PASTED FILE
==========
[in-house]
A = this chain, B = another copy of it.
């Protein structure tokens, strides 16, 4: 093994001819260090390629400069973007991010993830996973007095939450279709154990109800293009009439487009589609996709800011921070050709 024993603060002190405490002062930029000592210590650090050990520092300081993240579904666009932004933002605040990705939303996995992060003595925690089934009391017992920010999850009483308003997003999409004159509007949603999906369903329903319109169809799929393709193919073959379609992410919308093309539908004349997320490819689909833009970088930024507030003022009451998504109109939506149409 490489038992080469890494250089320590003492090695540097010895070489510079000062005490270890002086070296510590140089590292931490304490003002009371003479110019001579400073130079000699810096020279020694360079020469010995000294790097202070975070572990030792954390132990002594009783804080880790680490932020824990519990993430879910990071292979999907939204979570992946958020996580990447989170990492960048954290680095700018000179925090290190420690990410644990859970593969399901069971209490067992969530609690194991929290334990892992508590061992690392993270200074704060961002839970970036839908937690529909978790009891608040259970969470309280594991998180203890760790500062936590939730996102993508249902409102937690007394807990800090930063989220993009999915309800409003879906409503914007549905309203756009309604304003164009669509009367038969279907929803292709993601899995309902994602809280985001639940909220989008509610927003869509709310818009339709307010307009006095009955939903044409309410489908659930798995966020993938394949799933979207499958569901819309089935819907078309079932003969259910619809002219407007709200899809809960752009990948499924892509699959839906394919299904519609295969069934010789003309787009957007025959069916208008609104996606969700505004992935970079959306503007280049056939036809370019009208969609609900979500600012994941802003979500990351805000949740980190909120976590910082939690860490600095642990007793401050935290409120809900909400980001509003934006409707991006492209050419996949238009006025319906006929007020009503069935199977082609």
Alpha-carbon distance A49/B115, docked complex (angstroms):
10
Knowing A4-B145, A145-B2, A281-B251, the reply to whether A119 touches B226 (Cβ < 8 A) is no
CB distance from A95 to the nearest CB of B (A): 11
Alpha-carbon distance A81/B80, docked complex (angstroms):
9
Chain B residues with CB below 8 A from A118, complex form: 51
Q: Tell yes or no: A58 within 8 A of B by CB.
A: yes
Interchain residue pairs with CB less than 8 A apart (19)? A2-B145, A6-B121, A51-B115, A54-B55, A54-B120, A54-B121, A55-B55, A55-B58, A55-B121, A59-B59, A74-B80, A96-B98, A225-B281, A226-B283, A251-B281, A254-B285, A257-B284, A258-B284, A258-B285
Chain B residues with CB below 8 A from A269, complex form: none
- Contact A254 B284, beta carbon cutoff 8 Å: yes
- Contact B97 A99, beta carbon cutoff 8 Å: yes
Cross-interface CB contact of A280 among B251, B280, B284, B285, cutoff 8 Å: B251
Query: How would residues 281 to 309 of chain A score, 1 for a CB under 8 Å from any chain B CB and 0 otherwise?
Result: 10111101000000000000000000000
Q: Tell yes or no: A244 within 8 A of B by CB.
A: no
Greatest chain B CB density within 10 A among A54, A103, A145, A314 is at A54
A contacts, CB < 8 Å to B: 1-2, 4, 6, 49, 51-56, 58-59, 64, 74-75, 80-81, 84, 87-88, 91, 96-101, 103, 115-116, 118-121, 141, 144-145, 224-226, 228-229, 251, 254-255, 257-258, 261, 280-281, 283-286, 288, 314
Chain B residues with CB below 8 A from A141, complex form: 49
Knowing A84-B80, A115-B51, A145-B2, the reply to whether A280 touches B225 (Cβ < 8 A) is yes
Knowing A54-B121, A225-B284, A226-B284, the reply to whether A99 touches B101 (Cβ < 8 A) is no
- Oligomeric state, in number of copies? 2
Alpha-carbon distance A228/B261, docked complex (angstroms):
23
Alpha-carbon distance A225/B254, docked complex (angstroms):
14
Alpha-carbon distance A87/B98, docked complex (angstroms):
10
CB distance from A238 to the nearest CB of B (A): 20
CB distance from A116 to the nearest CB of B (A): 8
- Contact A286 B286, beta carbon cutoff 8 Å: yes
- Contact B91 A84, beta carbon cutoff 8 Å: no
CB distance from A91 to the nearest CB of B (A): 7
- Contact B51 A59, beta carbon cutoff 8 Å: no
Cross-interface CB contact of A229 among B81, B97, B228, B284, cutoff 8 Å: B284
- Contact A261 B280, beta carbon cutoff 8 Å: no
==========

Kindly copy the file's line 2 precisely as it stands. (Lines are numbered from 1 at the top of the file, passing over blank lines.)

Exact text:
A = this chain, B = another copy of it.